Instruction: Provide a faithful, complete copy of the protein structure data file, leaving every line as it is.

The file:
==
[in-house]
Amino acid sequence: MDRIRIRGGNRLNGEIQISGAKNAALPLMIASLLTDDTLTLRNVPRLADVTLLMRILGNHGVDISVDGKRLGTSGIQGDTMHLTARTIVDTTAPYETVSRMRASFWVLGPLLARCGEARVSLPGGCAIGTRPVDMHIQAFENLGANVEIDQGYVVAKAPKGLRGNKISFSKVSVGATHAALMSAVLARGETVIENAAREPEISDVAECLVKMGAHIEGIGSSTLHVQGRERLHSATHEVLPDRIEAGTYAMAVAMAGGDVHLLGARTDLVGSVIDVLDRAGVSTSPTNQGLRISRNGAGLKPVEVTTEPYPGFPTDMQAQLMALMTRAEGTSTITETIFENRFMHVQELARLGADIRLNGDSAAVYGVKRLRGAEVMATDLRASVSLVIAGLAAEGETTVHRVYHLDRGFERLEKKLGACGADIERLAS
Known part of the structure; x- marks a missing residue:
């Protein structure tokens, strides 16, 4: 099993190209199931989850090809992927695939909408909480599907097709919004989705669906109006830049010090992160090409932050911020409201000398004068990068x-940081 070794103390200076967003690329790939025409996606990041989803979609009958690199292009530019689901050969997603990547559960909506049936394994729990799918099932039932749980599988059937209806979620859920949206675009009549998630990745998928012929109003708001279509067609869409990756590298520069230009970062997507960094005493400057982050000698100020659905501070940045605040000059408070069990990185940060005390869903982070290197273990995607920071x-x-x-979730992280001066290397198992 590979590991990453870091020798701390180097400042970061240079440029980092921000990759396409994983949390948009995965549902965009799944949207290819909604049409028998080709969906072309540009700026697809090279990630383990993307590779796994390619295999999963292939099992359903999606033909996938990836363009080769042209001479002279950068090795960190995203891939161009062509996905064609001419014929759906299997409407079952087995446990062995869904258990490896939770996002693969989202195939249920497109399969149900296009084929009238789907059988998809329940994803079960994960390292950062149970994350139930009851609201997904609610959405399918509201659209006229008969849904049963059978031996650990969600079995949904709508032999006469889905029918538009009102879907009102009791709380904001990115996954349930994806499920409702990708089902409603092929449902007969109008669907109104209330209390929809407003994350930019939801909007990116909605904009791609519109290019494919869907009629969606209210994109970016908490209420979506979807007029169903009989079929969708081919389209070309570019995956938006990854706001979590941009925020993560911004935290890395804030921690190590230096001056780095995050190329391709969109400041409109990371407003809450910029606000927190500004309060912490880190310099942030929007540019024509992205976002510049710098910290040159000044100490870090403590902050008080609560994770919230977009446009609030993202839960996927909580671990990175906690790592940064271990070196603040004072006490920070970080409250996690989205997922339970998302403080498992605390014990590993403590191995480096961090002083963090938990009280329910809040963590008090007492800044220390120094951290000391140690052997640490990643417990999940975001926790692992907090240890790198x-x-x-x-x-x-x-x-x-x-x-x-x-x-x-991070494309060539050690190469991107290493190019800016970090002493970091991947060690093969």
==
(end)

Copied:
[in-house]
Amino acid sequence: MDRIRIRGGNRLNGEIQISGAKNAALPLMIASLLTDDTLTLRNVPRLADVTLLMRILGNHGVDISVDGKRLGTSGIQGDTMHLTARTIVDTTAPYETVSRMRASFWVLGPLLARCGEARVSLPGGCAIGTRPVDMHIQAFENLGANVEIDQGYVVAKAPKGLRGNKISFSKVSVGATHAALMSAVLARGETVIENAAREPEISDVAECLVKMGAHIEGIGSSTLHVQGRERLHSATHEVLPDRIEAGTYAMAVAMAGGDVHLLGARTDLVGSVIDVLDRAGVSTSPTNQGLRISRNGAGLKPVEVTTEPYPGFPTDMQAQLMALMTRAEGTSTITETIFENRFMHVQELARLGADIRLNGDSAAVYGVKRLRGAEVMATDLRASVSLVIAGLAAEGETTVHRVYHLDRGFERLEKKLGACGADIERLAS
Known part of the structure; x- marks a missing residue:
């Protein structure tokens, strides 16, 4: 099993190209199931989850090809992927695939909408909480599907097709919004989705669906109006830049010090992160090409932050911020409201000398004068990068x-940081 070794103390200076967003690329790939025409996606990041989803979609009958690199292009530019689901050969997603990547559960909506049936394994729990799918099932039932749980599988059937209806979620859920949206675009009549998630990745998928012929109003708001279509067609869409990756590298520069230009970062997507960094005493400057982050000698100020659905501070940045605040000059408070069990990185940060005390869903982070290197273990995607920071x-x-x-979730992280001066290397198992 590979590991990453870091020798701390180097400042970061240079440029980092921000990759396409994983949390948009995965549902965009799944949207290819909604049409028998080709969906072309540009700026697809090279990630383990993307590779796994390619295999999963292939099992359903999606033909996938990836363009080769042209001479002279950068090795960190995203891939161009062509996905064609001419014929759906299997409407079952087995446990062995869904258990490896939770996002693969989202195939249920497109399969149900296009084929009238789907059988998809329940994803079960994960390292950062149970994350139930009851609201997904609610959405399918509201659209006229008969849904049963059978031996650990969600079995949904709508032999006469889905029918538009009102879907009102009791709380904001990115996954349930994806499920409702990708089902409603092929449902007969109008669907109104209330209390929809407003994350930019939801909007990116909605904009791609519109290019494919869907009629969606209210994109970016908490209420979506979807007029169903009989079929969708081919389209070309570019995956938006990854706001979590941009925020993560911004935290890395804030921690190590230096001056780095995050190329391709969109400041409109990371407003809450910029606000927190500004309060912490880190310099942030929007540019024509992205976002510049710098910290040159000044100490870090403590902050008080609560994770919230977009446009609030993202839960996927909580671990990175906690790592940064271990070196603040004072006490920070970080409250996690989205997922339970998302403080498992605390014990590993403590191995480096961090002083963090938990009280329910809040963590008090007492800044220390120094951290000391140690052997640490990643417990999940975001926790692992907090240890790198x-x-x-x-x-x-x-x-x-x-x-x-x-x-x-991070494309060539050690190469991107290493190019800016970090002493970091991947060690093969």